In this example, our threshold is set at 0.5, or in other words, a balance between signal and noise. We might choose this threshold in cases where the probability of a given event was known to be relatively high within the population, and where we could afford to compromise between the TPR and FPR. At this threshold, our classifier has high Specificity (is good at minimizing noise) but relatively poor Sensitivity (has a hard time determining true signal).

Unfortunately, the probabilities of events of interest in predictive modeling are typically very rare (a fact that makes them so well suited to modeling in the first place!) and analysts can seldom afford such compromises between correct and incorrect classification, meaning we need to be cognizant of the difference between True Positives and False Positives in order to make an informed decision about our tolerance for both. Below, Figure 2 plots the exact same curve as in Figure 1 above (including the same underlying data and model), but we have lowered the probability threshold considerably to reflect a very rare event – perhaps a rare disease. Note the change to Specificity and Sensitivity between Figures 1 and 2:

 

Figure 2:

At a probability threshold of 0.003, this classifier achieves very high Sensitivity and Specificity, meaning it’s very good at detecting signal and minimizing noise.

 

It’s very important to note at this point that adjusting the probability threshold to optimize Sensitivity and Specificity may not improve overall accuracy, it simply “shifts” the incorrect classifications between either False Positive (aka Type I error) or False Negative (aka Type II error). As an example, see the two confusion matrices below:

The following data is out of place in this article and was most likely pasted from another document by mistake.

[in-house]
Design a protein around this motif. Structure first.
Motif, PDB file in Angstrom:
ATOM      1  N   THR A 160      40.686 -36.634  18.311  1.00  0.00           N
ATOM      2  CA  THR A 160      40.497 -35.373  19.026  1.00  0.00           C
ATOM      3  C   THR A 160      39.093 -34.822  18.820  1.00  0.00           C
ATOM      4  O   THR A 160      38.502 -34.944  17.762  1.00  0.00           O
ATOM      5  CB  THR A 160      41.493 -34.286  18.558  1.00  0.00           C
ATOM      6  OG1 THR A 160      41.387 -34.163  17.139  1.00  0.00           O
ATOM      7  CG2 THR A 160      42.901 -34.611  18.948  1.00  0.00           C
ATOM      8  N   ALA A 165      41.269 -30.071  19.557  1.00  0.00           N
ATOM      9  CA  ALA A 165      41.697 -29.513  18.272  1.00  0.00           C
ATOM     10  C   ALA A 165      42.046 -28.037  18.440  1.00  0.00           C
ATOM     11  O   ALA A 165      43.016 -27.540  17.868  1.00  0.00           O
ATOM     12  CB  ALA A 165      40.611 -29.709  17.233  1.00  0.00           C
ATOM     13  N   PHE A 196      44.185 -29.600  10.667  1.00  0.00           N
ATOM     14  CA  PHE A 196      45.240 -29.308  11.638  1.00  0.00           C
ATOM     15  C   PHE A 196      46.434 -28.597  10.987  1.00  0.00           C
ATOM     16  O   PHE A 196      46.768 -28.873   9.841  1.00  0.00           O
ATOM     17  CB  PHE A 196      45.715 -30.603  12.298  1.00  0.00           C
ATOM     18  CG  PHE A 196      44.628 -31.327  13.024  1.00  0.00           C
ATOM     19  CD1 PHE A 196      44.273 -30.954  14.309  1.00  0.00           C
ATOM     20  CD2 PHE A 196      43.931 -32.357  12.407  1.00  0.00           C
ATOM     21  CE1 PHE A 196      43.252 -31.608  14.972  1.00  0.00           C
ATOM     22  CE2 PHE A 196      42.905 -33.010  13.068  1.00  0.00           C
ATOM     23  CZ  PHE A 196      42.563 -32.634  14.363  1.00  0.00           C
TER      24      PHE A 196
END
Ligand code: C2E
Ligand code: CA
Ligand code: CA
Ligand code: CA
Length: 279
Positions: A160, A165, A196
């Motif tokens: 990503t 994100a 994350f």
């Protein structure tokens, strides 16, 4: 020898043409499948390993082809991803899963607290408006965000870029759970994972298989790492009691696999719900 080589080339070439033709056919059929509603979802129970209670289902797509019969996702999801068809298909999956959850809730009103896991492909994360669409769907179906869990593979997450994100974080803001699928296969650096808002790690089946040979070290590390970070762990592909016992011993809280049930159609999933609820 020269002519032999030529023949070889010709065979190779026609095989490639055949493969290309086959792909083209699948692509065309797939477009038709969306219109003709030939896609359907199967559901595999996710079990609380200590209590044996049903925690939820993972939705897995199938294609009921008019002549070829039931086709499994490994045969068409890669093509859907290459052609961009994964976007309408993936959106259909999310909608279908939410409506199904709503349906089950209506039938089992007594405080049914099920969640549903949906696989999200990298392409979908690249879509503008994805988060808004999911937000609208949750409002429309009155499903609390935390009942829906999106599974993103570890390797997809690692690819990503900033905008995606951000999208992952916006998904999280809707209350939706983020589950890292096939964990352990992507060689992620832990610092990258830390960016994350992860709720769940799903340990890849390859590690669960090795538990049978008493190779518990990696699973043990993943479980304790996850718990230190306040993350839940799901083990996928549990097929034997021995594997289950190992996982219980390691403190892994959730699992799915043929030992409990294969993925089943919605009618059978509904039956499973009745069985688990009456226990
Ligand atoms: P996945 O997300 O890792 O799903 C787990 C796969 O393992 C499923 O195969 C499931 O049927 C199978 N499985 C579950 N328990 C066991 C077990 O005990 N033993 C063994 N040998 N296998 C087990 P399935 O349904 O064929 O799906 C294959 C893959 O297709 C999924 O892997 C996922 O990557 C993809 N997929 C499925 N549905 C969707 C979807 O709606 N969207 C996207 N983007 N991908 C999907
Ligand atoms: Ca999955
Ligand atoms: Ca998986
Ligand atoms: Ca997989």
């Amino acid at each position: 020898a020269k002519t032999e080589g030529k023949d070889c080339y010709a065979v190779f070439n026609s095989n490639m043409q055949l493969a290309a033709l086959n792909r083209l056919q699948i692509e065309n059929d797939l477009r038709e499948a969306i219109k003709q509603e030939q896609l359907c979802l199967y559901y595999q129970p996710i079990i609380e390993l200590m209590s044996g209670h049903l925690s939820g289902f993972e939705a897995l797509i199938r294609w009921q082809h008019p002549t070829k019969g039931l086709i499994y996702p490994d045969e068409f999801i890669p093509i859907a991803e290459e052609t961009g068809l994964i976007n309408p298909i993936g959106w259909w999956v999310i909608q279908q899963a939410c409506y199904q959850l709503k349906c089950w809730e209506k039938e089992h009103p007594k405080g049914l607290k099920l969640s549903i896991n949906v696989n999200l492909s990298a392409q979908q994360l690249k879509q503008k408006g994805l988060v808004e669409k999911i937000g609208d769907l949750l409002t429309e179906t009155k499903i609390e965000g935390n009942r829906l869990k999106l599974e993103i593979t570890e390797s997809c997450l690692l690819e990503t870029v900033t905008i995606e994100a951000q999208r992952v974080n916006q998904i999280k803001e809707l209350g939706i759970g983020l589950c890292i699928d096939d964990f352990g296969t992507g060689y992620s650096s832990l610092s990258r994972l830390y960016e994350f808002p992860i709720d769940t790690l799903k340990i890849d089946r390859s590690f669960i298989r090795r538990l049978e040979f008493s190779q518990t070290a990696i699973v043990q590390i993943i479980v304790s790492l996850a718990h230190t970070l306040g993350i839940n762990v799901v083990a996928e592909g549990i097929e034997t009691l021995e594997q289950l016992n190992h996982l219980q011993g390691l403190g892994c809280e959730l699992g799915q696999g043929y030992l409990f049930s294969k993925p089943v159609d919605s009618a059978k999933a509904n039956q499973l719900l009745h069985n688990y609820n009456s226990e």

Table 4:

Actual
Prediction Yes No
Yes 82 15
No 90 100,000

Sensitivity: 47.7%

            Specificity: 100%

            FPR: 0%

            Accuracy: 99.9%

 

Table 5:

Actual
Prediction Yes No
Yes 82 100
No 5 100,000

Sensitivity: 94.3%

            Specificity: 99.9%

            FPR: 0.1%

            Accuracy: 99.9%

 

In both examples above, the total population of 100,187 people were classified with 99.9% accuracy (thanks in large part to the True Negatives – this is a very rare event), however Sensitivity varies significantly. In Table 4, Sensitivity suffers due to the large number of False Negatives, whereas in Table 5 this ratio is much higher even though the model makes the same number of misclassifications in each example (105).

So where does that leave us? How should we evaluate our predictive models knowing a choice needs to be made between two different kinds of misclassifications? The answer relates directly to the domain for which we’re building the predictive model in the first place. If our intention is to evaluate a classifier that will be used to diagnose cancer or in airport security screening, it makes sense to accept the cost of more False Positives (Type I errors) in return for the benefit of detecting as many tumors or security risks as possible. Likewise, in nonprofit fundraising, it can be argued that we should favor False Positives over False Negatives in most instances. If we build a model to predict donor acquisition, the cost (both literal and figurative) of predicting that someone will become a donor who ends up not doing so is much lower than the cost of overlooking someone who would otherwise donate simply based on a misclassification. There are important caveats to this, and the statement above may not hold true in all cases, but hopefully this is an illustrative example of the importance of thinking through all the possible outcomes of a binary classifier, knowing how to use the ROC curve and AUC statistic to evaluate different models, and understanding the trade-off between Type I and Type II errors. At the very least, perhaps you learned some WWII trivia. Happy modeling!